liquids and solids chapter 13. solids, liquids, and gases solids & liquids are condensed...

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  • Liquids and SolidsChapter 13

  • Solids, Liquids, and GasesSolids & liquids are condensed statesatoms, ions, molecules are close to one anotherhighly incompressibleLiquids & gases are fluidseasily flowIntermolecular attractions in liquids & solids are strongLook at Table 13-1 for a general description of characterisitics

  • Kinetic-Molecular Description of Liquids and SolidsWhen a gaseous sample is cooled or compressed the rapid, random motion of the molecules decrease. The attraction between molecules becomes significant. When the attractive forces overcome the reduced kinetic energies, condensation occurs (or the gas turns to a liquid).In the liquid phase the particles are close. Very little space is unoccupied (discuss).The particles, however, still have sufficient KEs to partially overcome the attractive forces. Therefore, liquids are considered fluids and can take the shape of a container.

  • Kinetic-Molecular Description of Liquids & SolidsLiquids that diffuse into one another are miscible (i.e. one liquid is soluble in the other)Water and methanol/gasoline and motor oilImmiscible liquid do not diffuse into one another (i.e. one liquid is not soluble in the other)Water and hexane/water and gasoline

  • Kinetic-Molecular Description of Liquids & SolidsCooling the liquid lowers the KE even more. Shorter-range attractive force become important and the liquid solidifies. Particles in a solid cannot move freely past one another as they can in a liquid. This is why solids have definite shapes and volumes. Solids are essentially incompressible.If diffusion occurs in solids, it is very slow.

  • Intermolecular Attractive ForcesIntermolecular attractive forces are the forces between individual particles of a substance.Generally, these forces are very weak compared to intramolecular forces (e.g. covalent and ionic bonds)Covalent bonding and attractive forces in H2O(l)Important physical properties such as boiling points, vapor pressure, heat of vaporation, melting points, and heat of fusion depend on the strength of these intermolecular attractive forces. If intermolecular attractive forces did not exist, solids and liquids would not exist (only gases)

  • Ion-Ion InteractionsThe force of attraction between two charged particles can be determined from Coulombs Law

    where q+ and q- are the charges on the particles and d is the distance between them.

  • Ion-Ion InteractionsThe energy of attraction between charged particles is given by

    The energy of attraction is large for ionic compounds due to the charged particles that are close together when substance is a solid.The melting points for ionic compounds is relatively high.For a given substance, the separation between particles in the solid is less than the separation in liquids.Energy of attraction is greater in the solid phase (generally)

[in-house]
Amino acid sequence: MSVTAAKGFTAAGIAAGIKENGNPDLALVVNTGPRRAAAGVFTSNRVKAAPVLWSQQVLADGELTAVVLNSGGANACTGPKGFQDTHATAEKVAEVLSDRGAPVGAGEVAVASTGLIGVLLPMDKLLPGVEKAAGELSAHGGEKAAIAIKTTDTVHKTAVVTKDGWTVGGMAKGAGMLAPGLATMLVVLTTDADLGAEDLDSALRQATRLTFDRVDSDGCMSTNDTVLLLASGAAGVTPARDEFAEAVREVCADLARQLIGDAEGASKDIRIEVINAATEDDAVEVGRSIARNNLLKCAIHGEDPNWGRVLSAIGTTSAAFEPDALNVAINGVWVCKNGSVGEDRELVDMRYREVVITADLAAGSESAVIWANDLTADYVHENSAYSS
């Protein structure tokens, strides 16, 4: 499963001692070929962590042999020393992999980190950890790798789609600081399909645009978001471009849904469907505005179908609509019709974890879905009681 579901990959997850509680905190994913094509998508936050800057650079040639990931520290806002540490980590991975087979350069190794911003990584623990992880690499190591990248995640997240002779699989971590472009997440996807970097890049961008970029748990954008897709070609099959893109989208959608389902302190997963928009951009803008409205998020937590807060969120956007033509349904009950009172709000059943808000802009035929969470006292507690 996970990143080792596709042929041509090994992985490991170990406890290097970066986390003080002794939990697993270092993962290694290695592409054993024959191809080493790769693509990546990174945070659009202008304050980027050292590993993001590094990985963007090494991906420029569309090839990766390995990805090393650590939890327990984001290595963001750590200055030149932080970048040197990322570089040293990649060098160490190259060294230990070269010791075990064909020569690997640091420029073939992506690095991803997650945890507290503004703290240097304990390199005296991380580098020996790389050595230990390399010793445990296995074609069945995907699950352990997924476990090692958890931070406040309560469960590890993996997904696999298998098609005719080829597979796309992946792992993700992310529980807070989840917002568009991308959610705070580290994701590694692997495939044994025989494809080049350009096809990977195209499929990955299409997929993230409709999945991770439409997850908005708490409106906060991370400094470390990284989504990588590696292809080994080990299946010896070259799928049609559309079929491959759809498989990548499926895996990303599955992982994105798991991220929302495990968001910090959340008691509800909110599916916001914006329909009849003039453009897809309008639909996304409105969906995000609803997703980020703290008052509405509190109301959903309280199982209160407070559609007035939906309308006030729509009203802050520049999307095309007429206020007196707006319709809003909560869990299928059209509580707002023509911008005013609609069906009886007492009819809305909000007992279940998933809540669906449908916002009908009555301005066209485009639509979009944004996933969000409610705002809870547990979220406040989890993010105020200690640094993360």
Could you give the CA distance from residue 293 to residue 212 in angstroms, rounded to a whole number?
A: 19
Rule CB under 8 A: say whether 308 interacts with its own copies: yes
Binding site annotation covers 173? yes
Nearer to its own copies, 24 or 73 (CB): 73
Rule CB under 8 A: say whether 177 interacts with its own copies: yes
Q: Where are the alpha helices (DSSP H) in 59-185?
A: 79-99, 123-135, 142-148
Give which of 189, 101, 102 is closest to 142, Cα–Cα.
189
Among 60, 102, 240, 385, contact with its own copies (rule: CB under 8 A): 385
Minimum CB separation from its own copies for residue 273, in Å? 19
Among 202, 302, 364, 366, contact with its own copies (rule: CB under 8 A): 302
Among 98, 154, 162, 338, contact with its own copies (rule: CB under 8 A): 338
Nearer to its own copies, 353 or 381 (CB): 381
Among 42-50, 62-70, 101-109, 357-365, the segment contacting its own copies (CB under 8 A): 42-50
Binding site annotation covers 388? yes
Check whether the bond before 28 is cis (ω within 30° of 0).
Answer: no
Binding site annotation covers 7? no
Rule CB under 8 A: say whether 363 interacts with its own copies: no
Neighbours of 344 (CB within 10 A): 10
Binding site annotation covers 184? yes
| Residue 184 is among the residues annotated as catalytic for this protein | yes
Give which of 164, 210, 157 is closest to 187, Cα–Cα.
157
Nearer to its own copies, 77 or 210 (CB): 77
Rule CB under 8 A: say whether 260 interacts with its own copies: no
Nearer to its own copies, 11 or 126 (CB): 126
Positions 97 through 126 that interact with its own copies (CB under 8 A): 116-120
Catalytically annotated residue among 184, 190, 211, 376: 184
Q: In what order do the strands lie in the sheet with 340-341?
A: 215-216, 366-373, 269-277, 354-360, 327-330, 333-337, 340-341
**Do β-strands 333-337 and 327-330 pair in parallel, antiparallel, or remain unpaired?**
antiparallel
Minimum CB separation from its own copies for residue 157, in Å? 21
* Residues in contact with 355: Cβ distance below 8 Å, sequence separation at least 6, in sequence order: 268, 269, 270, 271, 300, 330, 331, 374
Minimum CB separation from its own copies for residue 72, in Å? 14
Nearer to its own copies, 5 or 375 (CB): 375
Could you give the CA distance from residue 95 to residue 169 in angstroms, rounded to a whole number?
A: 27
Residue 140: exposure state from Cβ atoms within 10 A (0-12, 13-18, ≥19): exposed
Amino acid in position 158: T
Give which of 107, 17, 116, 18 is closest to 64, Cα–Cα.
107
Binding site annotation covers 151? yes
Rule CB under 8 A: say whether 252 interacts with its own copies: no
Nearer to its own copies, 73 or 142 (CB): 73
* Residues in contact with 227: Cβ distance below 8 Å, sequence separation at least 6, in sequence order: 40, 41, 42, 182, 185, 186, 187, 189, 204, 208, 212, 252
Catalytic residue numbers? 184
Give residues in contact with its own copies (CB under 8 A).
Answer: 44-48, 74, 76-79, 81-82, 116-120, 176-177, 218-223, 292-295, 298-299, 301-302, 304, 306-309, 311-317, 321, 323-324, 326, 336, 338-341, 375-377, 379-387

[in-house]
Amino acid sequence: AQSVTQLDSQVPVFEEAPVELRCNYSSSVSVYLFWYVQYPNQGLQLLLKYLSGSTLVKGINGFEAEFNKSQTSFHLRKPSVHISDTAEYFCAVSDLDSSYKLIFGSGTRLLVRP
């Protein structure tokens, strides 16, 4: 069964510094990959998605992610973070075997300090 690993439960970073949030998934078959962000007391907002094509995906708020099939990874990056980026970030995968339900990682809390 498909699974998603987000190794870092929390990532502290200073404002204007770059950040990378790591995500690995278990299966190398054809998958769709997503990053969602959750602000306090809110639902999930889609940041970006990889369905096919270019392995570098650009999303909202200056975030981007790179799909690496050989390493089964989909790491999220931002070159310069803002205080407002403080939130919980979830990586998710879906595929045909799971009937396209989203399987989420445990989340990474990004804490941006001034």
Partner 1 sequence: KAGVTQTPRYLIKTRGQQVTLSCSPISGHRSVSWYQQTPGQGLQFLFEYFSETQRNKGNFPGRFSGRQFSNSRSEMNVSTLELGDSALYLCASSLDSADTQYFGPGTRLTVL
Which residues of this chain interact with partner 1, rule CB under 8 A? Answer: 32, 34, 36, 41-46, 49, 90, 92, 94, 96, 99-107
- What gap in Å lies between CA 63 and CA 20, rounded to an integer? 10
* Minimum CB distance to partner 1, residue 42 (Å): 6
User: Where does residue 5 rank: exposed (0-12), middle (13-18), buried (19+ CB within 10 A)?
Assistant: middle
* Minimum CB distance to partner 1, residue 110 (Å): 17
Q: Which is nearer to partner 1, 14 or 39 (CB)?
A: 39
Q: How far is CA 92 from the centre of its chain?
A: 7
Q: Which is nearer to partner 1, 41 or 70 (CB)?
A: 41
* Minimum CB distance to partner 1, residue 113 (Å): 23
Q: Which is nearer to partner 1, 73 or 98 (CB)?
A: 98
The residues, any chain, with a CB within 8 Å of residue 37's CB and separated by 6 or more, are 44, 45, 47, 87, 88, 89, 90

• Ion-Ion InteractionsIonic compounds that possess multiply-charged ions (e.g. Al3+ and O2-) usually have higher melting points than ionic compounds that posses singly-charged particles. Why (two reasons)?Arrange the following ionic compounds in the expected order of increasing melting and boiling points.NaF, CaO, CaF2

  • Dipole-Dipole InteractionsPermanent dipole-dipole interactions occur between polar covalent molecules because of the attraction between - and + on different molecules.Generally, these forces are not as strong as ion-ion interactionsAttraction between partial chargesDipole-dipole forces vary as 1/d4 instead of 1/d2Decrease faster

  • Dipole-Dipole InteractionsThe partial positive charge on the hydrogen atoms is attracted to the partial negative charge on the nitrogen atoms.Note: Dipole-dipole interactions are dependent on temperature. Why?

  • Hydrogen BondingHydrogen bonding is a special type of strong dipole-dipole interactionOccurs between covalent molecules containing H and of the three small, highly electronegative elements-F, O, or N.One molecule most possess a H atom attached to one of these highly electronegative atoms.The other molecule most possess one these highly electronegative atoms.

  • Hydrogen BondingThe partial negative charge of one molecule is attracted to the partial positive charge of another molecule. The small sizes of F, O, and N and their high electronegativities concentrate the electrons around these atoms.

  • Hydrogen BondingTypical hydrogen-bond energies are greater than dipole-dipole energies15-20 kJ/mol for hydrogen-bond energies4 kJ/mol for dipole-dipole energies400 kJ/mole for ion-ion interaction energiesHydrogen bonding is responsible for the high boiling points of water and methanol.